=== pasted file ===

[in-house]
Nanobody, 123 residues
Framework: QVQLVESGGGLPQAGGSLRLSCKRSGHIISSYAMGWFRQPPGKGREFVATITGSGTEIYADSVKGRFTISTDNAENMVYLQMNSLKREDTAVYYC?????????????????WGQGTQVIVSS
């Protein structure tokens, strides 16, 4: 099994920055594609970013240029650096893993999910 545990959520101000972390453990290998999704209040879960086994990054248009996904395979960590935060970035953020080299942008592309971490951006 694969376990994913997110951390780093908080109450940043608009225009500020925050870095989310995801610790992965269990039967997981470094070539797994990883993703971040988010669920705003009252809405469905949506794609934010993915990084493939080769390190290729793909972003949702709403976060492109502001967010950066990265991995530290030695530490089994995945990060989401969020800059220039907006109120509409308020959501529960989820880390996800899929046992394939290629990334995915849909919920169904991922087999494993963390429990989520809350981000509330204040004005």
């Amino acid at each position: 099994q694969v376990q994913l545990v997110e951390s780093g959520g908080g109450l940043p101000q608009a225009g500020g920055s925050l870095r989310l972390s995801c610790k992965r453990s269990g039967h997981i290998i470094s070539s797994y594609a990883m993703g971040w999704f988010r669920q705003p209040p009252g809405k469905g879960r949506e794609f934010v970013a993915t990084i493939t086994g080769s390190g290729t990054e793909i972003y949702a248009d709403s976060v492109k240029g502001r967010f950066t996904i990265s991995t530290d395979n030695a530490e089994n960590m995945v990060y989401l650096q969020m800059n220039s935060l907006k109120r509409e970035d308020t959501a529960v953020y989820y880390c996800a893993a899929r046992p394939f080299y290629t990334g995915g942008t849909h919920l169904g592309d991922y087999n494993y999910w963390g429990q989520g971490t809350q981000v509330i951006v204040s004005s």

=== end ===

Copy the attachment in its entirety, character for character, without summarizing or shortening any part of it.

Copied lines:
[in-house]
Nanobody, 123 residues
Framework: QVQLVESGGGLPQAGGSLRLSCKRSGHIISSYAMGWFRQPPGKGREFVATITGSGTEIYADSVKGRFTISTDNAENMVYLQMNSLKREDTAVYYC?????????????????WGQGTQVIVSS
């Protein structure tokens, strides 16, 4: 099994920055594609970013240029650096893993999910 545990959520101000972390453990290998999704209040879960086994990054248009996904395979960590935060970035953020080299942008592309971490951006 694969376990994913997110951390780093908080109450940043608009225009500020925050870095989310995801610790992965269990039967997981470094070539797994990883993703971040988010669920705003009252809405469905949506794609934010993915990084493939080769390190290729793909972003949702709403976060492109502001967010950066990265991995530290030695530490089994995945990060989401969020800059220039907006109120509409308020959501529960989820880390996800899929046992394939290629990334995915849909919920169904991922087999494993963390429990989520809350981000509330204040004005």
């Amino acid at each position: 099994q694969v376990q994913l545990v997110e951390s780093g959520g908080g109450l940043p101000q608009a225009g500020g920055s925050l870095r989310l972390s995801c610790k992965r453990s269990g039967h997981i290998i470094s070539s797994y594609a990883m993703g971040w999704f988010r669920q705003p209040p009252g809405k469905g879960r949506e794609f934010v970013a993915t990084i493939t086994g080769s390190g290729t990054e793909i972003y949702a248009d709403s976060v492109k240029g502001r967010f950066t996904i990265s991995t530290d395979n030695a530490e089994n960590m995945v990060y989401l650096q969020m800059n220039s935060l907006k109120r509409e970035d308020t959501a529960v953020y989820y880390c996800a893993a899929r046992p394939f080299y290629t990334g995915g942008t849909h919920l169904g592309d991922y087999n494993y999910w963390g429990q989520g971490t809350q981000v509330i951006v204040s004005s």